Things You Might Not Know About Bourne

The Town of Bourne is a medium-sized community at the gateway to Cape Cod. You must pass through the town to get over the Cape Cod Canal and anywhere else on Cape Cod. Bourne is a quiet community, without the continual summer tourist crush experienced by some of the other Cape communities, which makes it an ideal place to visit. Here are some things you might not know about Bourne.

Long used by the Pilgrims during the 1620s as a center for trading activities, Aptucxet Trading Post was built in 1627, and the area was settled as a part of the Town of Sandwich by 1640, before finally being incorporated as the Town of Bourne in 1884.

The Cape Cod Canal, operated by the Army Corps of Engineers, bisects the community, with both the Bourne and the Sagamore Bridges, as well as the Buzzards Bay Railroad Bridge, being the only means to cross the canal, unless you’re travelling by boat. The canal is world renowned for its superb sport fishing, scenic vistas, relaxing bike rides & walking routes, and for carrying vessels of all sizes flying the flags of all nations.

Bourne Scenic Park, founded in 1951 and run by the independent Bourne Recreation Authority, is located beneath the Bourne Bridge along the canal, and is a perfect location for those seeking to enjoy the canal and its many activities. Bourne has numerous quiet harbors and inlets for boating and swimming, and the fishing and shell fishing in the area is particularly enticing and considered some of the most diverse in Massachusetts.

The Jonathan Bourne Historical Center is a wonderful example of the skill of well-known architect Henry Vaughan. The 1896 building, originally built to be the Bourne town library, overlooks the Cape Cod Canal. It is a fine example of American Colonial (English Renaissance) style, featuring yellow tapestry brick and red slate roof construction along with large Palladian windows. A handsome stained-glass window depicting “St. Michael and the Dragon,” by Clayton & Bell of London, England, graces the former reading room. It’s definitely worth a look for lovers of architecture.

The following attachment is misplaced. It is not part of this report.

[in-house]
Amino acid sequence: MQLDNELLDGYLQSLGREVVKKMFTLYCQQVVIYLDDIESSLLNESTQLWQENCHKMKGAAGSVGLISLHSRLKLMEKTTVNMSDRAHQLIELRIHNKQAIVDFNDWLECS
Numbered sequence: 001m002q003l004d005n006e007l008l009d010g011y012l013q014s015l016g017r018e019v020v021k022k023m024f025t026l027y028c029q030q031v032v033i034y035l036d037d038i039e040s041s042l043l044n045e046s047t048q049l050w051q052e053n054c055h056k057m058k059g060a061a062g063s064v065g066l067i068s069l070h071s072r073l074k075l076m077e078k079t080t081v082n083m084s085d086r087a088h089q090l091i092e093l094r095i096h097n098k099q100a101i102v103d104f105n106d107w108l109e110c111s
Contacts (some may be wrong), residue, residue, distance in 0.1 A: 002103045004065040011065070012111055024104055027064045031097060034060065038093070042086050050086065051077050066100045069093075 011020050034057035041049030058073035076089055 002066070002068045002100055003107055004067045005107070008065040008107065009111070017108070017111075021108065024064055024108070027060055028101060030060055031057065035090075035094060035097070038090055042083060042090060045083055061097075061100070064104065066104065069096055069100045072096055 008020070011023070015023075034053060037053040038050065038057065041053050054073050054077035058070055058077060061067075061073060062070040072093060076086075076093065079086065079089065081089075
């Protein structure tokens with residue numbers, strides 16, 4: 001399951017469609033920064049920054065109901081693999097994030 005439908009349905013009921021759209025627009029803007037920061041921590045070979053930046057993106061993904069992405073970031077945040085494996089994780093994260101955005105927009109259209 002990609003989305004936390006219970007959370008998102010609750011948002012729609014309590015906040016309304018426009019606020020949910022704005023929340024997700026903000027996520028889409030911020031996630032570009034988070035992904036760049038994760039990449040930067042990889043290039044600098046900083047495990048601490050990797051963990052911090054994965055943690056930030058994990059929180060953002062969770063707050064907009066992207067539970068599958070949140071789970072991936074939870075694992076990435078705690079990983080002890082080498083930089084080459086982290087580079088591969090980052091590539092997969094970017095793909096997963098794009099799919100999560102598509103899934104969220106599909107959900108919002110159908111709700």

Bourne is also home of the National Marine Life Center, an independent, non-profit, rehabilitation and release hospital for the treatment of stranded sea turtles and seals, with future plans to expand to treat dolphins, porpoises, and small whales. The Center has been steadily growing since treating its first patient in the summer of 2004, and is destined to become the primary care center and information hub on Cape Cod regarding marine animals and their environment.

The well-known Massachusetts Maritime Academy is located in Buzzard’s Bay, which a part of Bourne. MMA is a fully accredited, four year, co-educational state university offering Bachelor and Master of Science degrees that are highly regarded in the worldwide maritime industry and beyond. Located on Cape Cod, at the mouth of the scenic Cape Cod Canal, Massachusetts Maritime Academy is the ideal college to pursue your love for the ocean, your concern for the environment, your interest in math and science, and your thirst for adventure.

The Bourne Stone, a 300-pound chunk of granite upon which two lines of carvings were made, continues to be a mystery to historians. It seems to have a first been used as a doorstep at the Indian Mission (or a Meeting House) established by Captain Thomas Tupper of Sandwich. Many attempts over the years have still not conclusively revealed the origin of the carver or the meanings of the markings; the last investigation was conducted in 2003 in St. Paul, MN. The stone may be seen in the museum rooms of the Bourne Historical Society in the Jonathan Bourne Historical Center, Bourne Village.

About Ann Luongo

Ann Luongo has been writing for Cape Cod and South Shore publications for over 15 years.
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